Latest from The Spokesman-Review
PUBLIC LANDS — The controversial Jumbo Glacier resort in the Purcell Mountains near Invermere, British Columbia, is in a holding pattern after its environmental certificate expired on the weekend, but resort officials say they’re still on track to open the day lodge and a lift by next winter, the Calgary Herald reports.
The $1-billion ski resort’s environmental certificate — which has been in place for 10 years — expired last week.
No additional construction will take place at the site until First Nations and other stakeholders are consulted and until B.C. Minister of Environment Mary Polack rules on whether the resort has “substantially started” the project.
Resort plans call for construction of 5,500 condos and up to 23 ski lifts.
The upscale resort has divided the community between those who want a boon to local business and others who fear destruction of the pristine wilderness and grizzly bear habitat.
HIKING — A backcountry ski lodge famous for launching skiers into acres of powder from a lofty, cozy base in the Canadian Selkirk Mountains is offering package deals for summer backcountry hiking.
Mount Carlyle Lodge has three-day packages for hikers who want to trek at eye level with the sky-scraping peaks of the Kokanee Range north of Kokanee Glacier National Park. Carry only a daypak and return each night to the comfort of the lodge.
I checked out this area for this 2005 story. The scenery was stunning, the mining history fascinating and the hospitality was at a very high level…. around 7,200 feet!
You should check out this offering:
The SourDough Trail, a spectacular Kootenay Classic. 3 days / 2 nights of casual hiking along a high elevation, grassy ridgeline, overflowing with wildflowers. Camp beside alpine lakes while being surrounded by 5 different mtn ranges. A photographers dream.
PUBLIC LANDS — British Columbia Forests, Lands and Natural Resources Minister Steve Thomson has announced his approval of controversial private-company plans to build the $900-million Jumbo Glacier Resort in the Purcell Mountains near Invermere.
The area is considered a pristine conservancy important to grizzly bears and backcountry recreation.
According to the Toronto Globe and Mail, opponents say they have not given up the fight to block the building of the luxury all-season resort that will have two hotels and 1,360 residential units with 6,250 beds.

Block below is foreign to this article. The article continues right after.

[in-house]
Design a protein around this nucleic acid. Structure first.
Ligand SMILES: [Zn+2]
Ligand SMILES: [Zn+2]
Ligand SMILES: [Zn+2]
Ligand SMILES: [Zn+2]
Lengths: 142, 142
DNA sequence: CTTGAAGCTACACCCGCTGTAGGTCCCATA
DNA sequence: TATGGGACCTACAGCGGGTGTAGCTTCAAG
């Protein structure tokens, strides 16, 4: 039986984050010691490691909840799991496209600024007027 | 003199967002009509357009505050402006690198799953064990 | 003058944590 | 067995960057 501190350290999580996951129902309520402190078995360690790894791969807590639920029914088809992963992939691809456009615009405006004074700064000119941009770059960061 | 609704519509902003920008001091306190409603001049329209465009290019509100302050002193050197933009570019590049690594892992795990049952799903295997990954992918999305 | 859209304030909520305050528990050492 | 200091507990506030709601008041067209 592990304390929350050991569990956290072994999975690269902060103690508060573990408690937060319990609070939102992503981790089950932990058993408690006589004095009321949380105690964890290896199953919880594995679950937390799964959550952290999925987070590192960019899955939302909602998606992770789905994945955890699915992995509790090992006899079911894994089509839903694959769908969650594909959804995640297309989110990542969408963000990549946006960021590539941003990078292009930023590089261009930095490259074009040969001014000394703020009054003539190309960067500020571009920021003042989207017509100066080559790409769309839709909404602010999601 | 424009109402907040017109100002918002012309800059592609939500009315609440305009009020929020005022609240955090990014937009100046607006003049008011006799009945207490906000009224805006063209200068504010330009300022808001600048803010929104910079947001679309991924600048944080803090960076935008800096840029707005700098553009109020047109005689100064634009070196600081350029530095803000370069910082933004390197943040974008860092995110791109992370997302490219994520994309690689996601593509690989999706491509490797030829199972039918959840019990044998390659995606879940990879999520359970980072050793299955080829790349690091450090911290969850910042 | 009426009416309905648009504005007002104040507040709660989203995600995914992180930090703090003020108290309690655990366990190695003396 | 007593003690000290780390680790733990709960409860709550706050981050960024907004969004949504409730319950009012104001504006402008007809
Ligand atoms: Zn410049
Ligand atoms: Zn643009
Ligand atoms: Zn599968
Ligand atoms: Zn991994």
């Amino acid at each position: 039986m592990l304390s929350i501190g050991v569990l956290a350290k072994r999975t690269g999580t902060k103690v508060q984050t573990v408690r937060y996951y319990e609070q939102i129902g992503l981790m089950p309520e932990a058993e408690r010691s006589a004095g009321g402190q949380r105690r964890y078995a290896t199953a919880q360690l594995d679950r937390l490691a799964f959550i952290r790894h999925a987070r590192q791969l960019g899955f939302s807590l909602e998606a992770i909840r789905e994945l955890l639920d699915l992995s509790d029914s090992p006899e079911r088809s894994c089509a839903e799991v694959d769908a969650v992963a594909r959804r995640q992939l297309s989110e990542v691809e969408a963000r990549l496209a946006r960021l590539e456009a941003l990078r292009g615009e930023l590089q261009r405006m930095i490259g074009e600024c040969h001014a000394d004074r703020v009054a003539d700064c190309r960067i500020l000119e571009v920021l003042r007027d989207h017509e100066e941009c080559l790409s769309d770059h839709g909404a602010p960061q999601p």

Here's the Calgary Herald report:
Here's the CBC News report on the decision.
PUBLIC LANDS — After 20 years of debate, the British Columbia government apparently is nearing a decision on whether to authorize development of a large four-season resort on and around glaciers near Jumbo Pass in the Purcell Mountains above Invermere.
If you've hiked the trails to Monica Meadows and Jumbo Pass described in my book, 100 Hikes in the Inland Northwest, you know the neighborhood.
Environmental and recreation groups have opposed this resort from the beginning, arguing it would be detrimental to grizzly bears in some of the best grizzly habitat in the region. They also say existing resorts, such as nearby Panorama Resort, already are short of customers without adding more competition.
The Jumbo Glacier Resort appears to be more of a real estate development scheme than a viable ski resort plan, as pointed out in this video.
Recreationists also point out the development would degrade what's been a premier backcountry experience and close some access to public (crown) lands.
Click here to see how the developers promote the Jumbo Glacier Resort project.
Click here for insight on the potential impacts to wildlife.
Click here for the overall environmental argument against the resort.
Click here for the perspective of the local First Nation, the Ktunaxa.
Click here for information on booking the rustic Jumbo Pass hiker-skier cabin.
Click here for a YouTube video documenting a week of backcountry skiing out of the Jumbo Pass cabin.